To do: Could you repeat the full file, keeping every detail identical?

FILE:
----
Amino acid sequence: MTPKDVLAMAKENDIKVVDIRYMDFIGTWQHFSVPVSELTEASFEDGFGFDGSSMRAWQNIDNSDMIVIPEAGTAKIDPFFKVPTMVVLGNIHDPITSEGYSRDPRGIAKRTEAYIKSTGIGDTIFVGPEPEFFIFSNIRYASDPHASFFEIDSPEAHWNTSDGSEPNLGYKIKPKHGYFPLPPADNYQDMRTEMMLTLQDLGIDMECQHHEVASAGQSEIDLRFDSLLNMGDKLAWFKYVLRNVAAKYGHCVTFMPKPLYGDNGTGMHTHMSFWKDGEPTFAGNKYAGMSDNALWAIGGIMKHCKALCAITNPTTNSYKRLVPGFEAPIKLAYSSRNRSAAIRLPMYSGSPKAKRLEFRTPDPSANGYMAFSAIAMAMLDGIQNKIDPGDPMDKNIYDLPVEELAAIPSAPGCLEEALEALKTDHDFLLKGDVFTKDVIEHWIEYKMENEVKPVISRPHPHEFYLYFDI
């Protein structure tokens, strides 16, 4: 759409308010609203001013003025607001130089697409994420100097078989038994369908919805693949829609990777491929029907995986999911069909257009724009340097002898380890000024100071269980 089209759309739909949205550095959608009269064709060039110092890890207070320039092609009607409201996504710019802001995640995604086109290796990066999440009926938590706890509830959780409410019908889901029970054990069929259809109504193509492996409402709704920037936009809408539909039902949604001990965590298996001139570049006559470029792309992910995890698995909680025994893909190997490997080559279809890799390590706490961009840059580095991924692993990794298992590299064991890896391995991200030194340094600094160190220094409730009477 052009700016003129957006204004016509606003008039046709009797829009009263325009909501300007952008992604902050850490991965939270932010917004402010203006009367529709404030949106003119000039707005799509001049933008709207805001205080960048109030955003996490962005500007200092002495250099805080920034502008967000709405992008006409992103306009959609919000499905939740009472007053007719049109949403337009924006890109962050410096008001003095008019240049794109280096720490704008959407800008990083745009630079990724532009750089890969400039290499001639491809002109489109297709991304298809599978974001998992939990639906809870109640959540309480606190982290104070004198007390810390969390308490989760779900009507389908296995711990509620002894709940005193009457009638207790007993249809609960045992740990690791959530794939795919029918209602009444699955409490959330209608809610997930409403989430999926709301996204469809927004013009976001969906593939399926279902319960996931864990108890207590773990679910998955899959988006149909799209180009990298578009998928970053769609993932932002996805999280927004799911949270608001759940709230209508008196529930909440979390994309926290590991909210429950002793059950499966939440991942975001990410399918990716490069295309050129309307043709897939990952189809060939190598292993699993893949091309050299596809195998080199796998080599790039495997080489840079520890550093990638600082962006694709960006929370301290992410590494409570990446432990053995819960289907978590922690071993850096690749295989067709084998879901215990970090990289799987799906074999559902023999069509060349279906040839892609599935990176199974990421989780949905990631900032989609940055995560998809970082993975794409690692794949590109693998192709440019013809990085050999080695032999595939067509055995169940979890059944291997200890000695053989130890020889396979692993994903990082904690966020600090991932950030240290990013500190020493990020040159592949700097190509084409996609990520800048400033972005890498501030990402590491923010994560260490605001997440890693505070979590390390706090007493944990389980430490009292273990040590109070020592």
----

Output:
Amino acid sequence: MTPKDVLAMAKENDIKVVDIRYMDFIGTWQHFSVPVSELTEASFEDGFGFDGSSMRAWQNIDNSDMIVIPEAGTAKIDPFFKVPTMVVLGNIHDPITSEGYSRDPRGIAKRTEAYIKSTGIGDTIFVGPEPEFFIFSNIRYASDPHASFFEIDSPEAHWNTSDGSEPNLGYKIKPKHGYFPLPPADNYQDMRTEMMLTLQDLGIDMECQHHEVASAGQSEIDLRFDSLLNMGDKLAWFKYVLRNVAAKYGHCVTFMPKPLYGDNGTGMHTHMSFWKDGEPTFAGNKYAGMSDNALWAIGGIMKHCKALCAITNPTTNSYKRLVPGFEAPIKLAYSSRNRSAAIRLPMYSGSPKAKRLEFRTPDPSANGYMAFSAIAMAMLDGIQNKIDPGDPMDKNIYDLPVEELAAIPSAPGCLEEALEALKTDHDFLLKGDVFTKDVIEHWIEYKMENEVKPVISRPHPHEFYLYFDI
């Protein structure tokens, strides 16, 4: 759409308010609203001013003025607001130089697409994420100097078989038994369908919805693949829609990777491929029907995986999911069909257009724009340097002898380890000024100071269980 089209759309739909949205550095959608009269064709060039110092890890207070320039092609009607409201996504710019802001995640995604086109290796990066999440009926938590706890509830959780409410019908889901029970054990069929259809109504193509492996409402709704920037936009809408539909039902949604001990965590298996001139570049006559470029792309992910995890698995909680025994893909190997490997080559279809890799390590706490961009840059580095991924692993990794298992590299064991890896391995991200030194340094600094160190220094409730009477 052009700016003129957006204004016509606003008039046709009797829009009263325009909501300007952008992604902050850490991965939270932010917004402010203006009367529709404030949106003119000039707005799509001049933008709207805001205080960048109030955003996490962005500007200092002495250099805080920034502008967000709405992008006409992103306009959609919000499905939740009472007053007719049109949403337009924006890109962050410096008001003095008019240049794109280096720490704008959407800008990083745009630079990724532009750089890969400039290499001639491809002109489109297709991304298809599978974001998992939990639906809870109640959540309480606190982290104070004198007390810390969390308490989760779900009507389908296995711990509620002894709940005193009457009638207790007993249809609960045992740990690791959530794939795919029918209602009444699955409490959330209608809610997930409403989430999926709301996204469809927004013009976001969906593939399926279902319960996931864990108890207590773990679910998955899959988006149909799209180009990298578009998928970053769609993932932002996805999280927004799911949270608001759940709230209508008196529930909440979390994309926290590991909210429950002793059950499966939440991942975001990410399918990716490069295309050129309307043709897939990952189809060939190598292993699993893949091309050299596809195998080199796998080599790039495997080489840079520890550093990638600082962006694709960006929370301290992410590494409570990446432990053995819960289907978590922690071993850096690749295989067709084998879901215990970090990289799987799906074999559902023999069509060349279906040839892609599935990176199974990421989780949905990631900032989609940055995560998809970082993975794409690692794949590109693998192709440019013809990085050999080695032999595939067509055995169940979890059944291997200890000695053989130890020889396979692993994903990082904690966020600090991932950030240290990013500190020493990020040159592949700097190509084409996609990520800048400033972005890498501030990402590491923010994560260490605001997440890693505070979590390390706090007493944990389980430490009292273990040590109070020592």